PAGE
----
2022 Legislative Survey

 

It’s an honor to be back in Des Moines working for the people of Iowa.

We have so much to be thankful for living in our great state. 

 

Iowa continues to be a leader for the entire nation. 

 

Respecting the rights and liberties of the people, maintaining sensible health policies. Refusing to comply with criminal medical mandates.

 

Protecting freedom has been a tremendous battle over this past year.

 

For the most part, Iowans have survived the battle and live to fight another day. Whereas in many other states, medical freedom has quickly become a politically-incorrect relic of a distant past.

 

The best way to express our gratitude for all of Iowa’s blessings, is a sober and honest reflection of the real and urgent challenges facing our community.

 

I urge my fellow Iowans: do not underestimate the chaos that is likely to result from the dreadful and illegitimate leadership of the Biden administration -- or more specifically, his multi-national corporate globalist handlers.

 

No longer are the big 'potential problems' of yesterday awaiting on the horizon...

 

After years of ignorance, apathy, and neglect, the atrophy and decay of our  political systems, is coming into clear focus.

We must come together as a community and honestly address the issues at hand:

 

 

 

 

 

  • Diminishing faith in our shared values, system of government, and national heritage -- bitter polarization among community and family.



If these last couple years have taught us anything...

 

We must be thankful for every day we are given, taking nothing for granted.

 

No matter what tomorrow brings, let us use this opportunity to grow closer to God and our fellow Iowans today.

 

2022 Iowa Legislative Survey

 

I need your help!

 

Politics is a team sport, and everyone needs to do their part to contribute to effective and honest government.

 

Please fill out your 2022 Iowa Legislative Survey ASAP so I know where you stand on the urgent issues affecting Iowans.

 

Completing your survey shouldn't take more than a few minutes, but it will make my job a lot easier for the next few months.

 

The issues facing the Iowa Legislature are many, and while most problems can be addressed by a straight forward reading of the US and Iowa Constitution, some cannot.

 

So it is critically important you register opinion and help me guide our collaborative approach on these important topics, please don't delay in completing your 2022 Iowa Legislative Survey.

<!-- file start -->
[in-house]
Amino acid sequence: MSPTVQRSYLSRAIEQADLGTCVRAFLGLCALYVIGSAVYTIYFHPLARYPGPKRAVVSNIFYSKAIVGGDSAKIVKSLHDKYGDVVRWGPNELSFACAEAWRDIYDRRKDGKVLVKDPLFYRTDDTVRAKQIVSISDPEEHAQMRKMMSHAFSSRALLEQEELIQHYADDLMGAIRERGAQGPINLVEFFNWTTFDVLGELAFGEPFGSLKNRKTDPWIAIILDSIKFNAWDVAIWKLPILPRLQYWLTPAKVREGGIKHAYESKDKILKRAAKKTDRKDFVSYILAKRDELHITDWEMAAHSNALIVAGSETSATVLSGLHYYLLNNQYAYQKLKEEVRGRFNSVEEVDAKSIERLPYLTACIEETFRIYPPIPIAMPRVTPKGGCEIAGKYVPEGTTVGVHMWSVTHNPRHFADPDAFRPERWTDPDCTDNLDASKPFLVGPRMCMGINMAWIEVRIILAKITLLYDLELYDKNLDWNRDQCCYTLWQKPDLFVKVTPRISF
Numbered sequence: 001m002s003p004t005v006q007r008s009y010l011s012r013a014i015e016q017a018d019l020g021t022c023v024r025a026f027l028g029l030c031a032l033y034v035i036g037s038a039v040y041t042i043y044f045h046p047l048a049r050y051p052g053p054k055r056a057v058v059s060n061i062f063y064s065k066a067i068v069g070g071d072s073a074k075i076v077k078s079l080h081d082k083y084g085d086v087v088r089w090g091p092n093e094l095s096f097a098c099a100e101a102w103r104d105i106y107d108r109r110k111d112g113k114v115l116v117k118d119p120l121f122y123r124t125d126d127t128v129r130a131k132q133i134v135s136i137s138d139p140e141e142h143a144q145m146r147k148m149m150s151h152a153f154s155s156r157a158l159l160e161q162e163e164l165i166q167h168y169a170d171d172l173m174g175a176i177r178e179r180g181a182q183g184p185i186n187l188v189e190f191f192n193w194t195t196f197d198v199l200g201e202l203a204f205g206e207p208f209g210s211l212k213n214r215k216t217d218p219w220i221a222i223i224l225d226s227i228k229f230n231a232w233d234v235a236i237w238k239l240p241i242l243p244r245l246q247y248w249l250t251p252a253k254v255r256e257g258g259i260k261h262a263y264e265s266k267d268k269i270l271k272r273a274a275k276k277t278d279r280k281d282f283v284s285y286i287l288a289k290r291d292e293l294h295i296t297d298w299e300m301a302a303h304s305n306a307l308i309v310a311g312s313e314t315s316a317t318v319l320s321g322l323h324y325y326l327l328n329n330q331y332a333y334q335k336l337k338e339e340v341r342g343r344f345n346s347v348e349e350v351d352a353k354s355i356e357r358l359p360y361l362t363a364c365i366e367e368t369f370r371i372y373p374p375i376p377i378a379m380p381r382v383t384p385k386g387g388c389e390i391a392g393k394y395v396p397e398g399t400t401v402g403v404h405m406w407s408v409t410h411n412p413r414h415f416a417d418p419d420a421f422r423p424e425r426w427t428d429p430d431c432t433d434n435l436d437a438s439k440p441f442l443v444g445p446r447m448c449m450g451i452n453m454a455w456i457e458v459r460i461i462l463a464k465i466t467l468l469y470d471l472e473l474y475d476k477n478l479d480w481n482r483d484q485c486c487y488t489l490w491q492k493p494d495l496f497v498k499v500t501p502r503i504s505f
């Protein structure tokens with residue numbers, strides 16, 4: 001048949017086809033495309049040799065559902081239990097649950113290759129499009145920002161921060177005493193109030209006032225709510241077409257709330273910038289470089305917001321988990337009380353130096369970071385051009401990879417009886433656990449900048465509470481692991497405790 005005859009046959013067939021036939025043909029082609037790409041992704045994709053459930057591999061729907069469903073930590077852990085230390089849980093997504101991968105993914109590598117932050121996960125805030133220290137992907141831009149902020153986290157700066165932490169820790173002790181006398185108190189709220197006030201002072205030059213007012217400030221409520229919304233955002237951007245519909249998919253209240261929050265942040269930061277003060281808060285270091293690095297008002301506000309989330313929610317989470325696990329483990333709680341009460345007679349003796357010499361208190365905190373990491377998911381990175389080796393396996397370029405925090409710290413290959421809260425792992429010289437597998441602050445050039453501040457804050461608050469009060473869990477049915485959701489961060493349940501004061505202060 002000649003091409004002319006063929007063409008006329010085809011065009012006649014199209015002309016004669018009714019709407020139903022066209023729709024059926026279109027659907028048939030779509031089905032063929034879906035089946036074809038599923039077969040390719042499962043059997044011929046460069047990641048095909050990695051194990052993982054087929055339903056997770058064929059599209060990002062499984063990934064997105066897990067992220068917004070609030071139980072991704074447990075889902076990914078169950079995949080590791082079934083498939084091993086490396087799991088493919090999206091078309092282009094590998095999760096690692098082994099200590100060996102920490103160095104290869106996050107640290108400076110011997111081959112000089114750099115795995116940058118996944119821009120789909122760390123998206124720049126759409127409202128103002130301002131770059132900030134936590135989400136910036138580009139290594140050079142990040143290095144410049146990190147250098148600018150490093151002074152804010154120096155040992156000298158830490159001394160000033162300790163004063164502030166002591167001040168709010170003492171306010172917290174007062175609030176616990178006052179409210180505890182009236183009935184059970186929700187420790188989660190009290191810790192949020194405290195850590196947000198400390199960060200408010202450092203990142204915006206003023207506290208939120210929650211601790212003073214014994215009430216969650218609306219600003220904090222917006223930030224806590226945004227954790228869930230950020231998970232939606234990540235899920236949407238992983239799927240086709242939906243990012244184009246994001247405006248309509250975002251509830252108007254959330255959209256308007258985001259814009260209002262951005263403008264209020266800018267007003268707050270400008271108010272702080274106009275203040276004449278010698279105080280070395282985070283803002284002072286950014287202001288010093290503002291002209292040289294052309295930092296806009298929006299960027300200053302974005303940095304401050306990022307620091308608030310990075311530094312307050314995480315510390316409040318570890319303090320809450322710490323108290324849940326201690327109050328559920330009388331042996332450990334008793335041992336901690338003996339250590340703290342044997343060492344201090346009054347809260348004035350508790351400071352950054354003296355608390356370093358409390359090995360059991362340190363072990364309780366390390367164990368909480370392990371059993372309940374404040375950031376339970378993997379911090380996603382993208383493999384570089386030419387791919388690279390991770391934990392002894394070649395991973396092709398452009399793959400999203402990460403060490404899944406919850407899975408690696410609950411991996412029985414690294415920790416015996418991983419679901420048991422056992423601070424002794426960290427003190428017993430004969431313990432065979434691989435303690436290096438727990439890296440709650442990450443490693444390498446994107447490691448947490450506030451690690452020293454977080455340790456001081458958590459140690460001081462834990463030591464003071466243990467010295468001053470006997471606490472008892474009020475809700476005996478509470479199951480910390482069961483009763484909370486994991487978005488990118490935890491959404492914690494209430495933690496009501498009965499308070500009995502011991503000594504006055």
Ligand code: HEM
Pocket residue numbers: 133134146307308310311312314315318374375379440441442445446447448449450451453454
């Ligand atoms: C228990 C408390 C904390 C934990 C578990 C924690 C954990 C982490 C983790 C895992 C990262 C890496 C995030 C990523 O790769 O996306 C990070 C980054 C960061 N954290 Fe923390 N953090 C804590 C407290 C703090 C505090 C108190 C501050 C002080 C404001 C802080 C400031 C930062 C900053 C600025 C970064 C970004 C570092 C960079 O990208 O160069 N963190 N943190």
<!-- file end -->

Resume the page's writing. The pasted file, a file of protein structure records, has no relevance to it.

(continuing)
***trigger warning, the 2022 Iowa Legislative Survey contains questions of a controversial and politically sensitive nature. Please do not attempt to complete a survey unless you feel you have a reasonable proficiency in civics and government.

(Less then 25% of high school graduates are considered proficient in civics)

 

Thank you for partnering with me to do the very best we can for the State of Iowa.

 

Sincerely Yours -- At Your Service,

 

Rep. Jeff Shipley

State Representative

Iowa House District 82

 

Upcoming events:

Fairfield Chamber of Commerce:

Legislative Forum

January 29th, 7:30am

Fairfield Arts and Convention Center

topics on the agenda:

·         Employment/Labor Shortage

·         Tax Reform Bill

·         Removing Income Tax

·         One-Time Funding Requests

·         Questions in Regard to the Navigator Pipeline

Link to Live Stream: https://www.youtube.com/watch?v=AVXXZIznJqs

 

Peace & Prosperity Anniversary Brunch

January 30th, 12:30pm

Phoenix Rising Hall

207 W. Burlington Ave

 

 

The bill passed the House Ways and Means Committee and will now move to the House Floor for further consideration.

 

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MORE NEWS FROM THE CAPITOL:

Cutting Taxes for Every Iowan

 by Speaker Pat Grassley

This week, Iowa House Republicans introduced our own version of a plan to cut taxes for all Iowans. Our plan is very similar to the Governor's plan, with just a couple of changes. Our plan, just like the Governor's, calls for lowering taxes for all Iowans so everyone pays a flat tax rate of 4%. Also, it makes retirement income exempt for all Iowans and creates a new income exemption option for retired farmers.

However, it's different from the Governor's plan in two ways. Our plan does not include a tax cut for corporations, keeping the focus on individual Iowans who need relief most right now.  Also, it includes an outline on how to use the Taxpayer Relief Fund to make the tax cut sustainable and return the money in that fund to the taxpayer, as promised.

Ultimately, Iowa House Republicans want a tax plan that is simple, responsible and cuts taxes for all Iowans. The Biden Economy is hurting Iowa families and we need to deliver relief now. Please consider responding to this email with your thoughts on the tax plans being proposed this session or with any questions you may have. 

Making Retirement Income Tax Free

A big part of our tax plan is making all retirement income in Iowa tax-free. This piece is in the Iowa House’s tax plan, the Senate Republicans’ tax plan, and the Governor’s tax plan. There is clearly enthusiasm among Republicans in the Capitol to get this done for the people of Iowa. 

How retirement income is taxed in each state can have a big impact on where folks choose to retire and make their primary state of residence. Many Iowans move or change their primary residence to states like Florida, Texas or even Illinois because those states don't tax retirement income.